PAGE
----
Concerto for 2 Pianos in Eb major (3) Wolfgang Amadeus Mozart
George Bridgetower, the celebrated English violin virtuoso, came to Vienna in 1803 and met Beethoven. They played together and Beethoven was impressed.
At Bridgetower's urging, Beethoven agreed to compose a new Violin Sonata, to be performed by the two of them at one of the celebrated morning concerts in the Augarten pavilion, run by Ignaz Schuppanzigh.
Bridgetower was tall and good-looking, with an eye for the ladies. He was a mulatto - his mother Polish, his father West Indian.
Recognised as being of exceptional talent, he had performed for King George III at Windsor Castle, the Prince Regent at the newly built Brighton Pavilion, the Pump Rooms at Bath and across southern England.
For the new sonata, Beethoven took the final movement from an earlier sonata (which he replaced) and composed a new first and second movement. The first movement was huge, opening with solo double-stopping across all four strings for the violinist. He delivered the new movements to Bridgetower only the day before the performance!
A glittering audience assembled for the premiere of the new piece - including the British ambassador, Archduke Rudolph, Prince Lichnowsky, Prince Lobkowitz, and other patrons of the arts.
The performance began. In bar 35 of the first movement Beethoven had written a huge run just for piano, spanning several octaves. It comes in a passage marked 'to be repeated'. In the repeat, after Beethoven executed the run, Bridgetower imitated it on the violin.
Beethoven looked up from the piano in astonishment, ran across the stage, embraced Bridgetower, ran back to the piano and continued playing.
The performance was a triumph. At celebrations afterwards, Beethoven announced he was dedicating the new Violin Sonata to Bridgetower. He wrote on the top of the title page of the manuscript: Sonata per uno mulaticco lunattico.
Later, the two men were drinking, when Bridgetower made an off-colour remark about a lady Beethoven knew. Beethoven was outraged. He demanded that Bridgetower return the manuscript of the sonata, and informed him he was withdrawing the dedication. He would dedicate it instead, he told Bridgetower, to Europe's greatest violin virtuoso, who was resident in Paris.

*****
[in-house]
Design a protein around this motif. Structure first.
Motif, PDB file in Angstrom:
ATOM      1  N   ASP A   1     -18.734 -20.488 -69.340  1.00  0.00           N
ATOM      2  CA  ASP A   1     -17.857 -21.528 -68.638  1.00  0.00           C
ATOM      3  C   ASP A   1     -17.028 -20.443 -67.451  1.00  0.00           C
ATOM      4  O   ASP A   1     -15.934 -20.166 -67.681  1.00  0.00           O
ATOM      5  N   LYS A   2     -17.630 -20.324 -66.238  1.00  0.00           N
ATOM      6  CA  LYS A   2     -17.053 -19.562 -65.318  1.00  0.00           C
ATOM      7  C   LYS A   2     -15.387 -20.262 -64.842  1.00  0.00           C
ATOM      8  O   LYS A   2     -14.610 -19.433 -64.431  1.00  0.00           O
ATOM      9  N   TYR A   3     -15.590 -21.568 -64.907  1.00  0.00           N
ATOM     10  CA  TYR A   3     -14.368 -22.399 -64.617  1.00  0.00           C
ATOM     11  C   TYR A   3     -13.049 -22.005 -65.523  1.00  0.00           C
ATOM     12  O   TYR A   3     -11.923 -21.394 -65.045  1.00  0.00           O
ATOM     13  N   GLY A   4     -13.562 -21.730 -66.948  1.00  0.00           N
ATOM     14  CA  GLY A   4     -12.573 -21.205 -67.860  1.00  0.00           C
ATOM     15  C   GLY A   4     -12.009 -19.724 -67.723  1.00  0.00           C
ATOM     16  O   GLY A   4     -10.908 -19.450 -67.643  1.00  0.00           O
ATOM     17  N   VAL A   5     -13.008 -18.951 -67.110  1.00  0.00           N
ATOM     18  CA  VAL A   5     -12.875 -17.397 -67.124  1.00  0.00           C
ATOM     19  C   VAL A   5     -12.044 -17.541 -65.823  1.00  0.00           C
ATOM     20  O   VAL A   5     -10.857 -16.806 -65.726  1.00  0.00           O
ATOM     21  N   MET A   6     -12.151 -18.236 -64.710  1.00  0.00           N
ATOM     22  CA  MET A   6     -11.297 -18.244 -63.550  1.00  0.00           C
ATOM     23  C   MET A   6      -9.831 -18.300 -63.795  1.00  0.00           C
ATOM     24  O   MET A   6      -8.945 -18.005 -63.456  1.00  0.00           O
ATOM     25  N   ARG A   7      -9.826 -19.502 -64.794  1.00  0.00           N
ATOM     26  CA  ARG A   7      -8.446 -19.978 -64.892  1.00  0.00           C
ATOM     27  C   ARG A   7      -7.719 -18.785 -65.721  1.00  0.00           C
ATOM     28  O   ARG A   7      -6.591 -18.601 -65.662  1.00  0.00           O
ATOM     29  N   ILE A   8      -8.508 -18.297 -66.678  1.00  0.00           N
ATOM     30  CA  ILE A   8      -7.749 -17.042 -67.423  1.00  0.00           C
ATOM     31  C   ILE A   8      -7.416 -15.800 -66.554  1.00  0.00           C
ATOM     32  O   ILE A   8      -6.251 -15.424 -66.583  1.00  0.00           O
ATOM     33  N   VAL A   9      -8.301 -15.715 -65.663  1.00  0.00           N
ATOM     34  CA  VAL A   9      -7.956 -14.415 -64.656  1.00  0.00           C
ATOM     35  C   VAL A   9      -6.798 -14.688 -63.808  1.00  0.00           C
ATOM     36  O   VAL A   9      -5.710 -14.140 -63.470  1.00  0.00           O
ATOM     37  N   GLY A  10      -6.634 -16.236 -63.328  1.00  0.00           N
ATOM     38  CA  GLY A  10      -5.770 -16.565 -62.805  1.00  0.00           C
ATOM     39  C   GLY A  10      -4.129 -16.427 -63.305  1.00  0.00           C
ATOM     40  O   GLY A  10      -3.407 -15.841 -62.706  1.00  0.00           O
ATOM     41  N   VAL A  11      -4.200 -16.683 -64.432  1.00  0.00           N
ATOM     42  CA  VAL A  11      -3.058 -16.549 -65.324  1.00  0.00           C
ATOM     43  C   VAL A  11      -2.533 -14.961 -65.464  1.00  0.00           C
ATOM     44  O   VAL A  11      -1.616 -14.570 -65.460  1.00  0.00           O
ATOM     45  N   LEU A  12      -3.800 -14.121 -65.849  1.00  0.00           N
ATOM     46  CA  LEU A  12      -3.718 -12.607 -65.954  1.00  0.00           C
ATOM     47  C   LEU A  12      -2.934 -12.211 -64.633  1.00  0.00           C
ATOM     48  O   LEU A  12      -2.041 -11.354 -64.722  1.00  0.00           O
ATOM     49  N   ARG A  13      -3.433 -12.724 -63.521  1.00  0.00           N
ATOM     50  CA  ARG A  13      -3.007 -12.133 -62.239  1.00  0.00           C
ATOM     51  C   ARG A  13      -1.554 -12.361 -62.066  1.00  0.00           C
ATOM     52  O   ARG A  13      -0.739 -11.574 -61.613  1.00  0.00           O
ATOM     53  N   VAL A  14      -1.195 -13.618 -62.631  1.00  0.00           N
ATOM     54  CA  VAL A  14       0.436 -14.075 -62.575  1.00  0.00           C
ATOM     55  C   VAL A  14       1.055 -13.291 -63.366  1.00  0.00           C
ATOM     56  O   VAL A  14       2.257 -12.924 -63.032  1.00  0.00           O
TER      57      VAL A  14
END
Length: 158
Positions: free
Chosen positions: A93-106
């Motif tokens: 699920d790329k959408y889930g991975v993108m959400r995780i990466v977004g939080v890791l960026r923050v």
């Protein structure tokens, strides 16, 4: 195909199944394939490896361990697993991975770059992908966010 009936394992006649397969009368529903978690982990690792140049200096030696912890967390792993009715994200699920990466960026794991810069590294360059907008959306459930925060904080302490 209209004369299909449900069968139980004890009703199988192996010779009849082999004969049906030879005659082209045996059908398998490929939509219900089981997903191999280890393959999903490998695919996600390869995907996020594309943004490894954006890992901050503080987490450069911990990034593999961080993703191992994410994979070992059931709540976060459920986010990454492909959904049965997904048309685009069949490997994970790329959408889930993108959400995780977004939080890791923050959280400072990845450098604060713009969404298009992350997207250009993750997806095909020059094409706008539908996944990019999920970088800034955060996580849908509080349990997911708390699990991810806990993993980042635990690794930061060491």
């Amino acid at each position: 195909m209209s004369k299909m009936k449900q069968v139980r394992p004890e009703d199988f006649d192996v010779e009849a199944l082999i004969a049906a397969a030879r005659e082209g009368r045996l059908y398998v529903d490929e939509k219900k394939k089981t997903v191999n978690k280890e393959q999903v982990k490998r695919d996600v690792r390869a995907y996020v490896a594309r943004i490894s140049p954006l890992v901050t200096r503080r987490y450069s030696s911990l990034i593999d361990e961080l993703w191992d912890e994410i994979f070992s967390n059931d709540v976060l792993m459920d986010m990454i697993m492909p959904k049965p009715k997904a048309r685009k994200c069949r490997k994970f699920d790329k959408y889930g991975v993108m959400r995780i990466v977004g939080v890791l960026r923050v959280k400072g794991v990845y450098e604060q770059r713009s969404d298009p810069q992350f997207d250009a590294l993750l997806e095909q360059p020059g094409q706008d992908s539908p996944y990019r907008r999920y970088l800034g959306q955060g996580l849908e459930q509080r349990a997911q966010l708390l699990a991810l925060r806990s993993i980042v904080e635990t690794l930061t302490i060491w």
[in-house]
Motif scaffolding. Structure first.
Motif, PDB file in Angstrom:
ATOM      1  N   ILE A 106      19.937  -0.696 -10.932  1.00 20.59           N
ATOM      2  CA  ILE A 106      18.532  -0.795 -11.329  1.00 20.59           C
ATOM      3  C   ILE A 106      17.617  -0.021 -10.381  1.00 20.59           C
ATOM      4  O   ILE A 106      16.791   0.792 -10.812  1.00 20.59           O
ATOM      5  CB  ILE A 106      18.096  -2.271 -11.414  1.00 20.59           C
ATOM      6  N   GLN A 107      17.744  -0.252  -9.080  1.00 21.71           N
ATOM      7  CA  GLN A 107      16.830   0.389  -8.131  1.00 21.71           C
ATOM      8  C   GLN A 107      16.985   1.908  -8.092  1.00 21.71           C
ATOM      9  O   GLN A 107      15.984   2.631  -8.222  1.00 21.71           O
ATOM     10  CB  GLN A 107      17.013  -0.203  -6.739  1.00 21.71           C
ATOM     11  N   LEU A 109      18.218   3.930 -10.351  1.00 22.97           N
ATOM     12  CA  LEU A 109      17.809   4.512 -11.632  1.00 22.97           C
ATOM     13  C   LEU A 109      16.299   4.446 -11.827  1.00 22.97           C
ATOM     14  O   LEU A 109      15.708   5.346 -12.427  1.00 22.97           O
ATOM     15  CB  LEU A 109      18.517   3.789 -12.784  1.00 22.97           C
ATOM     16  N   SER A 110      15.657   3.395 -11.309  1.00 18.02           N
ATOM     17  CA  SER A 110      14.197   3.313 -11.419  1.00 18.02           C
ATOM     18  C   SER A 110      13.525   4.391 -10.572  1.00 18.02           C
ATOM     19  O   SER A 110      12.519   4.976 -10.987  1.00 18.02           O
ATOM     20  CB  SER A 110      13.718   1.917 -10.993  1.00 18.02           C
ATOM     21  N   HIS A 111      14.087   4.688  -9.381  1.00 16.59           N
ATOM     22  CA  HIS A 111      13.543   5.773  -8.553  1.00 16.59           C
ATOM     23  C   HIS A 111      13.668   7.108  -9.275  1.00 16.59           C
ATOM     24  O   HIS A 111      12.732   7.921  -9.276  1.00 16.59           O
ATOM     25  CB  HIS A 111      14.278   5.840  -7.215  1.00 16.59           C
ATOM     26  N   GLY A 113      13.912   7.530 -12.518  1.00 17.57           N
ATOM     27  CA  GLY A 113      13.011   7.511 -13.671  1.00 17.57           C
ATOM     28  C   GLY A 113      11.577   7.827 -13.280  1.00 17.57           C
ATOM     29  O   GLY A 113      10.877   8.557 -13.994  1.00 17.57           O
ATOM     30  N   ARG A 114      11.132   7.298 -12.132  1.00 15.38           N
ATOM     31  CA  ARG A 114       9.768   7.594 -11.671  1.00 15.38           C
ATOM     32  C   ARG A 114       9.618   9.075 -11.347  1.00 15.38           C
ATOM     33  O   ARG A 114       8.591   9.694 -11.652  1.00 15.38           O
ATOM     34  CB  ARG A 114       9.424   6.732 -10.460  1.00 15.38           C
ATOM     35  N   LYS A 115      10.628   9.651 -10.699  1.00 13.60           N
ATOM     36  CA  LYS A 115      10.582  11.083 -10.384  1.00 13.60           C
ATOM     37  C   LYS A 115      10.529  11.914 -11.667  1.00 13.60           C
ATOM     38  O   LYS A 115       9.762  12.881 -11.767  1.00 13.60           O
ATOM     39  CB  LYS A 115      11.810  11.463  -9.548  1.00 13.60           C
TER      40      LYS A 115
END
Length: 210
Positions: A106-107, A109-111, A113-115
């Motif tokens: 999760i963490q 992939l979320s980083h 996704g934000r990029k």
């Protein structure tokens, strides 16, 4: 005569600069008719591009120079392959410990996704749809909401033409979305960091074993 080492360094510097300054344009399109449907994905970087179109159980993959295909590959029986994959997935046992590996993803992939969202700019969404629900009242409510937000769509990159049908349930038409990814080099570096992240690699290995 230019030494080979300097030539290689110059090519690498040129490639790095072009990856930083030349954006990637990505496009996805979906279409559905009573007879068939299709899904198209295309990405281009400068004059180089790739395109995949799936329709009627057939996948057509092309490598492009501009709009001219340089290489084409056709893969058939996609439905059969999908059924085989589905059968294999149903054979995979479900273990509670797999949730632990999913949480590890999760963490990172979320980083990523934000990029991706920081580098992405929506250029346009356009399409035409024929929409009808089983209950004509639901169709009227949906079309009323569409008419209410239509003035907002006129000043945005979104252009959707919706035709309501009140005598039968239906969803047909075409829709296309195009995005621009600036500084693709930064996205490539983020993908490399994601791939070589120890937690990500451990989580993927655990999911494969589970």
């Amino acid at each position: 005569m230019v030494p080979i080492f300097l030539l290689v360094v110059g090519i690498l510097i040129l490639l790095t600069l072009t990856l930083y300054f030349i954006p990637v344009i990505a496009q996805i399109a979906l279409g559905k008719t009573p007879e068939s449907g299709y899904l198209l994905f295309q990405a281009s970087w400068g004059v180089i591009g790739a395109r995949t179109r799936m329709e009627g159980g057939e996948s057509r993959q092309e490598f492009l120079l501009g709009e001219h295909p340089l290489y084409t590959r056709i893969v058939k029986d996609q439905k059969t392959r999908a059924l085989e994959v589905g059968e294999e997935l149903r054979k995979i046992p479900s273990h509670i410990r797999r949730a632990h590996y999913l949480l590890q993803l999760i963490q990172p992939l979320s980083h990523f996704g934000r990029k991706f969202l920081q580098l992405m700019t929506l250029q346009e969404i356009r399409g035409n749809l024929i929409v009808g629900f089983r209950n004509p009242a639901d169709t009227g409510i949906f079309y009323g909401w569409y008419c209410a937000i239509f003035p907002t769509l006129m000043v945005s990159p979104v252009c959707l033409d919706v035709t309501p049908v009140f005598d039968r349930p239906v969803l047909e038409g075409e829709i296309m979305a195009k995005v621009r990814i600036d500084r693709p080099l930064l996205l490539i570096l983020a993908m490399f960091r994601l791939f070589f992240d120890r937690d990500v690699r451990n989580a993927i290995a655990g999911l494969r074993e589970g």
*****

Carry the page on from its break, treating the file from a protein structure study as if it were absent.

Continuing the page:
Bridgetower pleaded with Beethoven to change his mind, but Beethoven was adamant. The rift between the two men was not healed, before Bridgetower left Vienna a week later to visit relatives of his mother in Poland.
Beethoven and Bridgetower never met again. Long after Beethoven's death, Bridgetower - an old man - was living in poverty in a home for the destitute in Peckham, south London. A Beethoven researcher went to see him and asked him if it was true he had once met Beethoven.
Bridgetower related the story of the first performance of the Violin Sonata, how he had copied the piano run, and how Beethoven had dedicated the sonata to him. And how one stupid remark about a lady had made Beethoven withdraw the dedication.
It should be the Bridgetower Sonata, he told the young researcher, his name that should be known across Europe, his name that would live for ever.
Instead he was unknown to history, and destined to remain that way. Bridgetower died in poverty, the woman who witnessed his death signing her name on his death certificate with a cross. He is buried today in Kensal Green cemetery, just off the A40 flyover west of London - his name forgotten.
And the violin virtuoso in Paris to whom Beethoven sent the sonata? Rudolphe Kreutzer, whose name adorns the greatest Violin Sonata Beethoven ever composed: the Kreutzer Sonata.
So next time you hear a performance of the Kreutzer Sonata, spare a thought for the man who gave it its first performance and after whom it should really be named. George Bridgetower.
One final point. When Kreutzer received the manuscript in Paris, he looked at it and declared it impossible to play. Beethoven does not understand the violin, he said, and he never once performed it in public - the sonata that today bears his name.